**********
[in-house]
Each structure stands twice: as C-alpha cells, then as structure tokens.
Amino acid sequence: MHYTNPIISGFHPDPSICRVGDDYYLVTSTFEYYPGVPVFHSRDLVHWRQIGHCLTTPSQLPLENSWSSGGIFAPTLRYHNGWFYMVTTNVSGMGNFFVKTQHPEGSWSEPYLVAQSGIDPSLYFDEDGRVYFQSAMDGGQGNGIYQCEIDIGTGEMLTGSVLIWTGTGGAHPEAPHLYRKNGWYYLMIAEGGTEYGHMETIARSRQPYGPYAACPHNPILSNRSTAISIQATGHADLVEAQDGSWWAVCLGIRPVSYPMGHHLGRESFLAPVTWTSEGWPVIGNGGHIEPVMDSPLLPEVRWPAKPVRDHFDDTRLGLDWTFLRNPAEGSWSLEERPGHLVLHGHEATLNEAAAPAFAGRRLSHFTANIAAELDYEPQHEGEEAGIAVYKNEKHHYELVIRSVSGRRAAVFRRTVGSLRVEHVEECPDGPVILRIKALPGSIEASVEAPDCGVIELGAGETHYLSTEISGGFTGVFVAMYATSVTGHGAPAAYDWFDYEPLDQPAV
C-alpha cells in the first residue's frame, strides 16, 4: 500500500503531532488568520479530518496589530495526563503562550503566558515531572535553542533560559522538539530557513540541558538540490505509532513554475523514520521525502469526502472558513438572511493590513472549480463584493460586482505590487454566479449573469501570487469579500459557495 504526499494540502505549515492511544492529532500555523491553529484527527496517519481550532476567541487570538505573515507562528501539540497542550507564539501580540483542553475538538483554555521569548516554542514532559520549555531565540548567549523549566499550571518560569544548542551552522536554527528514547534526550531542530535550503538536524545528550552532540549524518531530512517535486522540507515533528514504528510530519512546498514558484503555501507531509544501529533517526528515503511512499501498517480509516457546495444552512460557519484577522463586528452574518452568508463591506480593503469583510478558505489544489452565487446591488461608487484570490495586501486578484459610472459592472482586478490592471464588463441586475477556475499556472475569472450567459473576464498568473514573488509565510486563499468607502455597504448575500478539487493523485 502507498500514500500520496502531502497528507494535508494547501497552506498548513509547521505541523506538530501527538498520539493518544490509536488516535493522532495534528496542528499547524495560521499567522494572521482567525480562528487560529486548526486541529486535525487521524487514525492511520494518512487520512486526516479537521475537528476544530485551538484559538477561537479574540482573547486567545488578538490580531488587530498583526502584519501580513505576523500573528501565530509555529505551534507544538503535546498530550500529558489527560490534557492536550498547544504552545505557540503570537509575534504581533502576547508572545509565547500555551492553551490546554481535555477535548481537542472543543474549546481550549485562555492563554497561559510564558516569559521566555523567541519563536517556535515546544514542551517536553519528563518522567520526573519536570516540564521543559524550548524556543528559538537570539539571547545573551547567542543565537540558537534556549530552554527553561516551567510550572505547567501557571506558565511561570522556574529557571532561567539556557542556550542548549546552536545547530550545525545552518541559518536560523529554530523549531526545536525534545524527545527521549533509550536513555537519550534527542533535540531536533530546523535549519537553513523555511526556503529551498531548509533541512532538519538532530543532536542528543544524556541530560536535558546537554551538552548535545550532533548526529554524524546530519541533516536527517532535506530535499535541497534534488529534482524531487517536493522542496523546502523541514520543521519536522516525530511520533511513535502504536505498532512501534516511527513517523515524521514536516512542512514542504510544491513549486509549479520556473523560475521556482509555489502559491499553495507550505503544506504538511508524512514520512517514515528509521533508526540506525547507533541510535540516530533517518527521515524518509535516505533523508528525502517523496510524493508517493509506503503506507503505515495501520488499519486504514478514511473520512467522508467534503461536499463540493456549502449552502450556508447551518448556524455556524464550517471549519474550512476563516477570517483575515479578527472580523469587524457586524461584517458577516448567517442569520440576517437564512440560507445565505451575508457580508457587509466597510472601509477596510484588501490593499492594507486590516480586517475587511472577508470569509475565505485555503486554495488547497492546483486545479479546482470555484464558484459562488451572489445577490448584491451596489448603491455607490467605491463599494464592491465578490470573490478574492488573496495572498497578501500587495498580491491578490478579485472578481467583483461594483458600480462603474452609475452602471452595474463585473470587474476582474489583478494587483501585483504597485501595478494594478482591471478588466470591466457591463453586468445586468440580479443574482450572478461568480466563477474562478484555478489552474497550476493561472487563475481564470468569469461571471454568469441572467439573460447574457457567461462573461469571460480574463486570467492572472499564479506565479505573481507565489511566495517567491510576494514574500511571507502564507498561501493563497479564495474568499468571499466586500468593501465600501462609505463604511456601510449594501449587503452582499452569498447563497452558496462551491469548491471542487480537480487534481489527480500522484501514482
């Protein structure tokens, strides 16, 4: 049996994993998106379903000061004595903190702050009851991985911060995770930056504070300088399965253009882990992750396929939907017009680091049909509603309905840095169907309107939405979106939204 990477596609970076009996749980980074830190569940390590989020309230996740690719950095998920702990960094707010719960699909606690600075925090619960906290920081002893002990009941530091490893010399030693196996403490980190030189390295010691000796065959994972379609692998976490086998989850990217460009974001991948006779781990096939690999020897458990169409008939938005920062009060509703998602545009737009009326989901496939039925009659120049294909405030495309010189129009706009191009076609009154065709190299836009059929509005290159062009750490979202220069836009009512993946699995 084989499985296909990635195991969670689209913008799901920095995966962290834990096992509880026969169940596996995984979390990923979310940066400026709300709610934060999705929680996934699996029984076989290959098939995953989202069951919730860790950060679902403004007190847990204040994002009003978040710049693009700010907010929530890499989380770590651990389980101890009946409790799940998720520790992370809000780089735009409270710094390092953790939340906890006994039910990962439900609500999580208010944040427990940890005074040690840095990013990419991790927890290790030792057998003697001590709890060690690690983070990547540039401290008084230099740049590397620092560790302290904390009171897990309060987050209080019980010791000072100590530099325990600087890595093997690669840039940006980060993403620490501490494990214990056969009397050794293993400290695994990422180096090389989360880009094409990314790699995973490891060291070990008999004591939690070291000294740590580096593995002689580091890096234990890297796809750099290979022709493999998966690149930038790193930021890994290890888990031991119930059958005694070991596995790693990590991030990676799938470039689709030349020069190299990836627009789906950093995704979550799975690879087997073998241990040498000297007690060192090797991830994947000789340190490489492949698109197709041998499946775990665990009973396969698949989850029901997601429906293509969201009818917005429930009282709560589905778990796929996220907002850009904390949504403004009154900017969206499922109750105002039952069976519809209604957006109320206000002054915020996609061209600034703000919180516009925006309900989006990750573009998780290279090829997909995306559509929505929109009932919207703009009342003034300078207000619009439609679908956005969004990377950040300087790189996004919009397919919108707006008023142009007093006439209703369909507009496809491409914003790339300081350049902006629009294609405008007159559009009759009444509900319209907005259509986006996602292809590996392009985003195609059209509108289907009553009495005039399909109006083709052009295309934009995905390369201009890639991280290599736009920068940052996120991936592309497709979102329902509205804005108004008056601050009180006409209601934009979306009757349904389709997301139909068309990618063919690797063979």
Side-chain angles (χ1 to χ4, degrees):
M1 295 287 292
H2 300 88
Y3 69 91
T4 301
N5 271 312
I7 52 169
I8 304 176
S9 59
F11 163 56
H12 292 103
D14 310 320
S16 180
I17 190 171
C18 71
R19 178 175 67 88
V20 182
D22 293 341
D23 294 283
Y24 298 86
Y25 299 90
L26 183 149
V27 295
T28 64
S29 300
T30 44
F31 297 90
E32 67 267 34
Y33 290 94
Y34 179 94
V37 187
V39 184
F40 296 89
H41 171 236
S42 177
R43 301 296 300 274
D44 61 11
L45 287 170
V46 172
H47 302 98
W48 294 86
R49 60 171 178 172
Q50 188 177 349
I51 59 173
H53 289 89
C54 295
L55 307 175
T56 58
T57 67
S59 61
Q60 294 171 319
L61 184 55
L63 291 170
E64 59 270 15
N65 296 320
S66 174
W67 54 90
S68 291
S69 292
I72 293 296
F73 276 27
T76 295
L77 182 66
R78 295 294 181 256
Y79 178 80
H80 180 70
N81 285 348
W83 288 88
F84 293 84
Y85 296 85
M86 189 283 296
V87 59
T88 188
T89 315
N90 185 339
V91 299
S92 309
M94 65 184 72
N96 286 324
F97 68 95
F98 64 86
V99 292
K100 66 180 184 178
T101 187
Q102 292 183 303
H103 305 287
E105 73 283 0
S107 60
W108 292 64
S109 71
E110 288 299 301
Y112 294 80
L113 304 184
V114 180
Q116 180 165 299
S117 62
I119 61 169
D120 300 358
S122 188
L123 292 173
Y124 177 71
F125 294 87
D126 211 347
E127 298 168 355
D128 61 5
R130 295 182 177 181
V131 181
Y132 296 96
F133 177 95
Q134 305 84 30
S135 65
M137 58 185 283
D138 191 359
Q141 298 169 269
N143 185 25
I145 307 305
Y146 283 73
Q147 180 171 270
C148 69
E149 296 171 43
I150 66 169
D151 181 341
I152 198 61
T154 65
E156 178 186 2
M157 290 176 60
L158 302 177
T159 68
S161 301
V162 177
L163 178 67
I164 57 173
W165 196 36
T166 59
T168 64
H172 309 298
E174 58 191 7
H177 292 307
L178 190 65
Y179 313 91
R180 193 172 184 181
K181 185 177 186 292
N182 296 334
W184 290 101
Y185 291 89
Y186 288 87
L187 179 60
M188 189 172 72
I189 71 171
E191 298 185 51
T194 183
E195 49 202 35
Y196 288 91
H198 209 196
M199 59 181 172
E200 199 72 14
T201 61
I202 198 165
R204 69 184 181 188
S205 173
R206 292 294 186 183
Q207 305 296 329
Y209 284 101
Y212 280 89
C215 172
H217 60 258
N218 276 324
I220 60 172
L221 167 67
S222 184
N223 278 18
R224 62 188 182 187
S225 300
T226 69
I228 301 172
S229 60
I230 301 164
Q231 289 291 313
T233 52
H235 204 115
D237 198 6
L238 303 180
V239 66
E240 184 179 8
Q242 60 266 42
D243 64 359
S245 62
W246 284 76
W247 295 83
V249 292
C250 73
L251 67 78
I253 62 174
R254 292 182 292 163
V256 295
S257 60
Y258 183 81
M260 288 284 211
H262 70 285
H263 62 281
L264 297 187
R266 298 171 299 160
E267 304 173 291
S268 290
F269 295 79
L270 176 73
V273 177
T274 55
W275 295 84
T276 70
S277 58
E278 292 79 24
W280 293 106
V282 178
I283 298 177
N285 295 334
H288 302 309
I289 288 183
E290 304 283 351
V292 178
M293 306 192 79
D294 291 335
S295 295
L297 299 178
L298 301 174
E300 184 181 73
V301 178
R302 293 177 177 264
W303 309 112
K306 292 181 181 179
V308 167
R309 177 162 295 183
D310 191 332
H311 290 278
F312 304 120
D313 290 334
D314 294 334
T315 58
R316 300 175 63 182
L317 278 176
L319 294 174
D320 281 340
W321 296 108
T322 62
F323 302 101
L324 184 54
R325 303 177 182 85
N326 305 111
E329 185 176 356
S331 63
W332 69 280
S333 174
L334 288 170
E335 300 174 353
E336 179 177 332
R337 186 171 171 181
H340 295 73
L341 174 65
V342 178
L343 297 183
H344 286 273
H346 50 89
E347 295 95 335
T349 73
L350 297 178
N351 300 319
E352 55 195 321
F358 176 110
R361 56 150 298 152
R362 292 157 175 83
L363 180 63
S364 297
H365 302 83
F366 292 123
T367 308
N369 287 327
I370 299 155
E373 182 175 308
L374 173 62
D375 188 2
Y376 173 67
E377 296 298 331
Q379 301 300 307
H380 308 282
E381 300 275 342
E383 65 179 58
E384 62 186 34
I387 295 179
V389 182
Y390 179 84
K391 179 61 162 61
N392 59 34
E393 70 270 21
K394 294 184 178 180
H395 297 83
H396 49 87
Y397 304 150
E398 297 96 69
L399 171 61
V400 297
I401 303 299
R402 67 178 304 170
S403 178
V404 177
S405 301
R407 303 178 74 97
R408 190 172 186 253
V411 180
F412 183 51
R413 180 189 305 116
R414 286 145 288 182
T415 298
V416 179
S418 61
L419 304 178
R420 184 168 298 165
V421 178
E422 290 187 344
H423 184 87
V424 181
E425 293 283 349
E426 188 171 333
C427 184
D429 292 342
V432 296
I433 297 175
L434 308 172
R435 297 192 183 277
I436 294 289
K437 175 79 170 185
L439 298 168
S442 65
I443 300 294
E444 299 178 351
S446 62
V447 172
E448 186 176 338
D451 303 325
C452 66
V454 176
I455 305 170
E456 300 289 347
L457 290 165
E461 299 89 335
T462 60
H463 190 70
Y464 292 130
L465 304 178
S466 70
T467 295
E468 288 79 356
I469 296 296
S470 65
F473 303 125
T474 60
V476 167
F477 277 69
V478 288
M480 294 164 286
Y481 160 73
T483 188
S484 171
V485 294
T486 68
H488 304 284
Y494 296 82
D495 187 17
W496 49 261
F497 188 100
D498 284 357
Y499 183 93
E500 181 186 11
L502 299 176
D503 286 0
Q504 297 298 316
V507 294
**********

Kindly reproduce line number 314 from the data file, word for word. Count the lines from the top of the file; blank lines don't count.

F412 183 51